Dave Matthews describes their suc-
cess by saying, "It's basically been a
matter of word-of-mouth; people liking
what they have seen and bringing some
friends with them the next time
around Well there must have been a
lot of friends at the show Sunday be-
cause the crowd sang right along with
Matthews every tune he played.
The band started off with some
songs off their first album, Remember
Two Things, which has sold over
130,000 copies since its fall 1993 re-
lease. The band then went into some
songs off their new album. Under The
Table and Dreaming. The favorites
seemed to be the songs "Ants March-
ing which is an upbeat happy song,
and "Satellite which shows the band's
more melodic side.
The only downside to the show was
Health Minute
Milk, cheese and exercise
help build strong bones
Irene Mace
ECU School of Medicine
Many Americans don't have
enough calcium in their diet. Over
the years, lack of calcium causes
bones to become so thin that they
just snap in two under the weight of
the body. Before age 30, we need
calcium to build strong bones. After
age 30, we need calcium to prevent
bone loss. If you don't get enough
calcium in your diet you may need
to take calcium tablets.
Prevention is important and
should begin as early as the teen-age
years:
Exercise at least three times a
week - walking, running, weight lift-
ing or any sport involving walking
or running.
Make sure you have enough
calcium in your diet. New guidelines
recommend more calcium than be-
fore. Adult men and women need
1000 mg a day (three and one half
cups of milk or four ounces of
cheese).
Teenagers, pregnant women
and women after menopause need
1500 mg a day (five cups of milk or
seven and one half ounces of cheese).
Ask your doctor about estro-
gen replacement after menopause to
help protect against bone loss.
FREE PREGNANCY TEST
while you wait
Free & Confidential
Services & Counseling
Carolina Pregnancy Center
209-B S.Evans St
Pittman Building
Greenville NC
757-0003
Hours:
Monday - Friday
8:00-4:00
the way the tickets were sold. People
waited in long lines to get tickets and I
was told by manv that they missed the
first part of the show for this reason.
Maybe the bands can come up with a
better system for distributing tickets for
these kind of shows. Other than this,
Easterfest more than fufilled its prom-
ise as the first big show of the spring.
Newman Catholic
Student Center
I SUNDAY MASS
11:30 AM
& 8:30 PM
(757-1991)
953 E. 10th St.
(2nd,house from Fletcher music Bldg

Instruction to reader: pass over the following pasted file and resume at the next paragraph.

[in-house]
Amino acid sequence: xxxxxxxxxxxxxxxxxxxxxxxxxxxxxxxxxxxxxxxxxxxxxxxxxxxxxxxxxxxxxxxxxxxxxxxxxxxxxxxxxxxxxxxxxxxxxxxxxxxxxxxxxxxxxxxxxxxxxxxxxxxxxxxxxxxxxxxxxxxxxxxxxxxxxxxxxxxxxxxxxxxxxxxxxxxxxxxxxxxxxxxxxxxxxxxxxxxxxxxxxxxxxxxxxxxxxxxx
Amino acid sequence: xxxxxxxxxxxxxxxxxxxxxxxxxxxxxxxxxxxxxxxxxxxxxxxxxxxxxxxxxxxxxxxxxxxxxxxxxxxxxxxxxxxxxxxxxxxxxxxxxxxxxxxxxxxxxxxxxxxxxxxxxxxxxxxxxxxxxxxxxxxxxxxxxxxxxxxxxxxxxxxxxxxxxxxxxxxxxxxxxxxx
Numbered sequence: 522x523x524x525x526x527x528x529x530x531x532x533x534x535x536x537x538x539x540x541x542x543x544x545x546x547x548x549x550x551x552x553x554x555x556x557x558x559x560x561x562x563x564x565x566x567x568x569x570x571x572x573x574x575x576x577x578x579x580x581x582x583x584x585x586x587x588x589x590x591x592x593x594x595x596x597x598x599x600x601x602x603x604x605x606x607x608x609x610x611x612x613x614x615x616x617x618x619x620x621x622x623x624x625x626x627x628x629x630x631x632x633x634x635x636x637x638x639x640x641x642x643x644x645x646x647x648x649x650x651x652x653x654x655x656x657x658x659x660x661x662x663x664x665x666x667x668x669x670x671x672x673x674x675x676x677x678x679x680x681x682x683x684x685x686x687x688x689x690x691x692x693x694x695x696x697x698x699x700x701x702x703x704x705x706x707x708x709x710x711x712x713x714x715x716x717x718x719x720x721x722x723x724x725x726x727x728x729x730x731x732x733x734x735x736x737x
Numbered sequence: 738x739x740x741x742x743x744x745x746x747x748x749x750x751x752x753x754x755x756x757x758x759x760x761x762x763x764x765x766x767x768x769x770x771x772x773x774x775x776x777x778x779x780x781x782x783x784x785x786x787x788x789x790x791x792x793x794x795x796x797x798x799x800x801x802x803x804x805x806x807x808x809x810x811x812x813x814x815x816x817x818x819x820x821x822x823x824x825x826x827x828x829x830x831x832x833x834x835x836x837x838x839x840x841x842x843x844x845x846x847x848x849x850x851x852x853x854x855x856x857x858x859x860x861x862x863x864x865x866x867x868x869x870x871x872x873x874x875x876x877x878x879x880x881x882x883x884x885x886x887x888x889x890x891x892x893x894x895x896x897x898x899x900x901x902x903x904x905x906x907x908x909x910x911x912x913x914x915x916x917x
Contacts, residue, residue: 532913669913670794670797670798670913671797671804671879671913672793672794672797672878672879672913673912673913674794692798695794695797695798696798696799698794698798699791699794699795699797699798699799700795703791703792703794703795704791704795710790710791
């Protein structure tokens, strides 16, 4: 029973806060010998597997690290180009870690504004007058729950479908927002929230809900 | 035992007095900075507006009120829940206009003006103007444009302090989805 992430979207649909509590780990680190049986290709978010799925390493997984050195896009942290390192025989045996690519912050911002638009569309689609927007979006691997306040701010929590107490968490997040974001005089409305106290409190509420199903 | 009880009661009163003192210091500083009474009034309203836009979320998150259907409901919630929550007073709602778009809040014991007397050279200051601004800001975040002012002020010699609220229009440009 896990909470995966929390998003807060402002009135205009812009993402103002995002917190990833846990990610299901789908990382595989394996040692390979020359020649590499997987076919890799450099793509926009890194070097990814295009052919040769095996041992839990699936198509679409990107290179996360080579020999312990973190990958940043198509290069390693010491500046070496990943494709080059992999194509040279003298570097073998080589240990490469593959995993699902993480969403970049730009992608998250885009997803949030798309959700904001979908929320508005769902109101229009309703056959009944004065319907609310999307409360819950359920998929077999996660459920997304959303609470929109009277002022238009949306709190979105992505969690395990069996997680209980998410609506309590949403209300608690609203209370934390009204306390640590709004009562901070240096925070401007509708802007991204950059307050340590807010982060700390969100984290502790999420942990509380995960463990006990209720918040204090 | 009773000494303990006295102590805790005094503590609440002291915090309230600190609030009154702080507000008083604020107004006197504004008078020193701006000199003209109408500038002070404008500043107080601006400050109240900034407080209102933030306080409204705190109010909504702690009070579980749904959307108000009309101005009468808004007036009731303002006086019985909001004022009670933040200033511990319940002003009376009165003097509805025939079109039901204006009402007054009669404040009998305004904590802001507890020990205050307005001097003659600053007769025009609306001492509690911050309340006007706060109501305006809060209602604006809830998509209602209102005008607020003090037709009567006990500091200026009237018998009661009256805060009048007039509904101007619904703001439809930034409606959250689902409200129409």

Attention
Returning Students
If you plan to live off campus, you can eliminate at least one long line by arranging your utility service in
advance. By planning ahead, you can save valuble time �- and possibly money.
The following options are available:
Option A: No Deposit Required
At your parents' request, your utility service
may be put in their name. Just pick up a "Request
for Utility Service" application from room 211 in the
Off-Campus Housing Office, Whichard Building or
at Greenville Utilities' main office, 200 W. 5th Street.
Have your parents complete the application
(which must be notartized) and mail it to GUC, P.O.
Box 1847, Greenville, N.C. 27835-1847, art:
Customer Service.
'Remember to attach a "letter of credit" from your
parents'power company.
Option B: Deposit Required
If you wish to have the utility service put in your
name, a deposit will be required. Deposits are as
follows: with electric or wout electric or
gas space'
Electric only $100
Electric& Water $100
Electric, Water&Gas $110
Electric & Gas $100 $75
You can save time by mailing the deposit in advance.
Be sure to include your name, where service wi be required,
v-hen service is to be cut on and a phone number where we
mayreachyoupriatoyourarrivalattheserv
Greenville
3eT�
V"�' V
Utilities
It's One Of The Most Useful Credit Cards On The
Planet. UnleSS You've Stolen It. Your MasterCard'is stolen. You panic.You
get angry. You panic some more. Then you call and cancel it. Now the thief is
in possession
S912 3115b
dodo maftfifg
of, oh, about seven cents worth of stolen plastic. (Maybe he can use it as a
coaster when he entertains at the hideout.) So relax. You only have
to pay for stuff that you bought, and you can even get a new card
the next day. It'll be accepted at millions of locations, one of
which must sell wallets. � MasterCard. It's more than a credit card. It's smart money?
MasterCard
�Orfain condition apply
C995 MasterCard International intorparated
mwmwmii����wm in L mi wmmmrn mmun�" -





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���iiiiriirinilimn
15
Thursday, April 20, 1995
The East Carolinian
L
APRMAY
1995
ATTIC
APRMAY
1995
TUESDAYS
70'S80'S
DANCE NIGHT
$1.00 Bottle Beer
Ladies FREE till 11pm
Only $2.00 Adm. for
Members
WSFLTHURSDAY
COLLEGE NIGHT
990 Hiballs
99c Bottle Beer
99e 32 oz.Draft
FREE PIZZA
20 Tonightt ABiatOTS
Post Barefoot Party Only $4
.99c HIBALLS, TALL BOYS Adm.
BOTTLE BEER, MEMBERSHIPS
21 Friday.
THE
CBBPrUfi
IAMB
Gibb Droll
April 21